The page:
- Protection of 17% of land & inland waters globally, up from 13% currently
- Protection of 10% of coastal & marine waters globally, up from 1% currently
- Rules governing how countries share in benefits derived in forests & sea, e.g., drugs developed from genetic material found in Amazon rain forest.
- The US declined to join the biodiversity convention and thus are not a party to this agreement.
- Japan is contributing $2B over the next 3 years to developing countries to help them preserve ecosystems.
Sunday, October 31, 2010
Sunday, October 24, 2010
International delegates gathered this week in Nagoya, Japan, to continue the dialog on global climate issues. The specific focus of this convention was not to debate emissions reductions, but rather to promote the urgency of biodiversity conservation. Because a significant percentage of GDP in poor nations is reliant upon fragile ecosystems such as fresh water, corral and forests, the UN group is discussing potential conservation targets.
In Japan, conservation groups also pleaded with UN representatives to cease geo-engineering projects as they are risky and counterproductive to the focus on emissions reductions and the spirit of conservation. Geo-engineering project proposals have included fertilizing the ocean to create CO2 consuming phytoplankton, injecting seawater into the atmosphere, placing solar reflectors in space, spurring artificial volcanoes and storing carbon dioxide underground (CCS).
This week as well in Japan, Prime Minister Kan restated his country’s opposition to extending the terms of the Kyoto Protocol in lieu of a global climate agreement, as China and allies support such an action.
Other carbon articles of note:
· Mexico’s Foreign Minister says conditions not met for a climate deal in Cancun later this year.
· Achieving carbon emission targets is stretching Mexico financial resources without the specter of international aid.
· Europe on track to meet Kyoto emissions targets, but emissions from imported goods up 40%. Highlights the environmental and moral hazard of regional carbon regimes.
Saturday, October 9, 2010
Climate negotiators reconvened in Tianjin, China this past week in the hopes of healing the growing divide between industrialized and developing nations leading up to Cancun in December. Secretary Figueres pleaded with nations to find common ground even for a non-exhaustive agreement, and the UNFCC claimed that progress was made by week’s end. However, this rosy view is mostly spin and hopeful language from the UN as 3 major challenges lurk as large as ever – Kyoto expiration, BASIC emissions trajectory and technology transfer.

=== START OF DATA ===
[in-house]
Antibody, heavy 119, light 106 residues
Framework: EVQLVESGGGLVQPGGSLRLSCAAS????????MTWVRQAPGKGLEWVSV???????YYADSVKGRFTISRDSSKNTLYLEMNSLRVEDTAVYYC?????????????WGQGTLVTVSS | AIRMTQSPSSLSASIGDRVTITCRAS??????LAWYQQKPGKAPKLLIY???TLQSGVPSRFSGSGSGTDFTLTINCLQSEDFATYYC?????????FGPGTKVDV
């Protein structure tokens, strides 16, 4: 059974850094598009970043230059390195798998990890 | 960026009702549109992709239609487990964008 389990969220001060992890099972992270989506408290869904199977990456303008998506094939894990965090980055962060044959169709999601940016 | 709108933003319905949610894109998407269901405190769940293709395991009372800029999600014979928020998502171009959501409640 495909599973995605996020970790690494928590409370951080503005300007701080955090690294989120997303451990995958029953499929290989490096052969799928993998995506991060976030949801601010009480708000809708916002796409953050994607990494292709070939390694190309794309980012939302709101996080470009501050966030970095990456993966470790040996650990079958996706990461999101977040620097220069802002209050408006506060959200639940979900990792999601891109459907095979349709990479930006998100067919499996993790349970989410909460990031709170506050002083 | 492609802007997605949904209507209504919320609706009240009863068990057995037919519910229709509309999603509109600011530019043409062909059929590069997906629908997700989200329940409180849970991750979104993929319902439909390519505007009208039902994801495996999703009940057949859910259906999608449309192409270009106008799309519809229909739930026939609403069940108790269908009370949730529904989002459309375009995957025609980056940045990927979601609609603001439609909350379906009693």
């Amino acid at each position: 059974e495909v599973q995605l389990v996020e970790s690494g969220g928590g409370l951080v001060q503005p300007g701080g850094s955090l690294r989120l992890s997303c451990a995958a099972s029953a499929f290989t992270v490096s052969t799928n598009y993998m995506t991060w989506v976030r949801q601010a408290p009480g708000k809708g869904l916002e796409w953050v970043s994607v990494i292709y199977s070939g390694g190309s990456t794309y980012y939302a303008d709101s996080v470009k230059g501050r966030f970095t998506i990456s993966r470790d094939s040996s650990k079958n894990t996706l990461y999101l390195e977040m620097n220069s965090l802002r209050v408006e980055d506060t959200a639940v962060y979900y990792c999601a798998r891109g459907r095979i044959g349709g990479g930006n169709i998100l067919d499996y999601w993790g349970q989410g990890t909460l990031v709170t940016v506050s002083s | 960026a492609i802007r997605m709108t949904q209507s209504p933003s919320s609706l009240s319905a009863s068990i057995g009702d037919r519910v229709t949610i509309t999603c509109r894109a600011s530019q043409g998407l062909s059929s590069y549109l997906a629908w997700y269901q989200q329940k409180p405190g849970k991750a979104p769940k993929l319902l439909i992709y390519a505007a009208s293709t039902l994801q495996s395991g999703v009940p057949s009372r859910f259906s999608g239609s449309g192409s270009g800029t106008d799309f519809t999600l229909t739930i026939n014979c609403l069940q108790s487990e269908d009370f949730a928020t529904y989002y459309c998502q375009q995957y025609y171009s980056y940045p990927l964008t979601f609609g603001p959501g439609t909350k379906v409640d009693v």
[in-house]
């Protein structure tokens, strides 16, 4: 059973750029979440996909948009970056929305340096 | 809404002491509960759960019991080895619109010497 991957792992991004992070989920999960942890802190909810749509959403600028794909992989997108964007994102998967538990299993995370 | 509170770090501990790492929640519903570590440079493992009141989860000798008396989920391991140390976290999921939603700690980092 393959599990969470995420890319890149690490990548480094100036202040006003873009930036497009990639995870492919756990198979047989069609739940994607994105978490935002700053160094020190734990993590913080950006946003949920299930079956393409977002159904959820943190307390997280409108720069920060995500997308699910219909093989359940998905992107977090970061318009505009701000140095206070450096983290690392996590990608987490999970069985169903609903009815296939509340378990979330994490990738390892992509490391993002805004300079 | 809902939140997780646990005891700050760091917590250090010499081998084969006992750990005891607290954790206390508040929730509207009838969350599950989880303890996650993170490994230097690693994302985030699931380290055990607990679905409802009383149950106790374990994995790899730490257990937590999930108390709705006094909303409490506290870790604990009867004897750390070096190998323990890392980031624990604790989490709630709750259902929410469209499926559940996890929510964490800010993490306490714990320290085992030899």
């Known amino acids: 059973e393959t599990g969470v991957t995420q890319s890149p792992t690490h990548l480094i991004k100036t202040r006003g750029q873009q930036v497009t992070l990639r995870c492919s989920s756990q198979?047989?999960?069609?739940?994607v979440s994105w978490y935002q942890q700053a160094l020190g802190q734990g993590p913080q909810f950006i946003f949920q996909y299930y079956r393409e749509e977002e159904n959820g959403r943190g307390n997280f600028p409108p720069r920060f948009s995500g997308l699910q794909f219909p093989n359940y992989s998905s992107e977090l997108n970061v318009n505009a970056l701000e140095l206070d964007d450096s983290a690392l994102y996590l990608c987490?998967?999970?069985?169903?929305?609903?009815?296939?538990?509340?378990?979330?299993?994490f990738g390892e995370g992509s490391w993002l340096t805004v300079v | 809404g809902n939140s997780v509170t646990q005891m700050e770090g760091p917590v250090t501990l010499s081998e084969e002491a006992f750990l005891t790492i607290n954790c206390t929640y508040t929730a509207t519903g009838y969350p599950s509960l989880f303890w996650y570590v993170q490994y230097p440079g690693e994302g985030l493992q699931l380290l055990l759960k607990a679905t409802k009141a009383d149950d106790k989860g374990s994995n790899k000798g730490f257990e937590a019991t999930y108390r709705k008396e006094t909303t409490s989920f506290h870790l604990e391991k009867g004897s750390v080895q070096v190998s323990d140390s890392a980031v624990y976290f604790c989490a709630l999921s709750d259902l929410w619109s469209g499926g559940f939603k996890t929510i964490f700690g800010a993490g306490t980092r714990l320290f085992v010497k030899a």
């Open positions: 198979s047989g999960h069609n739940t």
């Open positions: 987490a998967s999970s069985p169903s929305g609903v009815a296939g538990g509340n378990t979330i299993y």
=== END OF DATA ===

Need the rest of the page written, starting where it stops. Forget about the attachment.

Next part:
Finger pointing in the aftermath seems to be reaching new heights. US Envoy Todd Stern directed harsh words toward China suggesting that the world’s largest emitter is treating the Copenhagen as purely informational and merely exemplary actions to take place. Contrarily, China is blaming the richest countries for not committing to drastic enough cuts and for attempting to renegotiate the terms of Kyoto. China does not plan to set an emissions peak any time soon, but it is claiming near victory on its 5-year goal to reduce energy consumption per unit of GDP by 20%.
Other carbon articles of interest:
· The US vocalizes ambitions for “logical” US-India climate & technology coalition as Chinese relations flounder.
· Obama suggests passage of energy reform may come in form of multiple pieces of legislation. A patchwork solution to patchwork regulation ...
· New deforestation framework may be one of few agreements to result from Cancun.
· UN’s Figueres calls for grassroots movement to force global treaty. (Recall 2 weeks ago she was asking business to sway their governments too.)
· Political wavering on Australia’s carbon tax plan.
· Island nations drowning from international gridlock on climate change.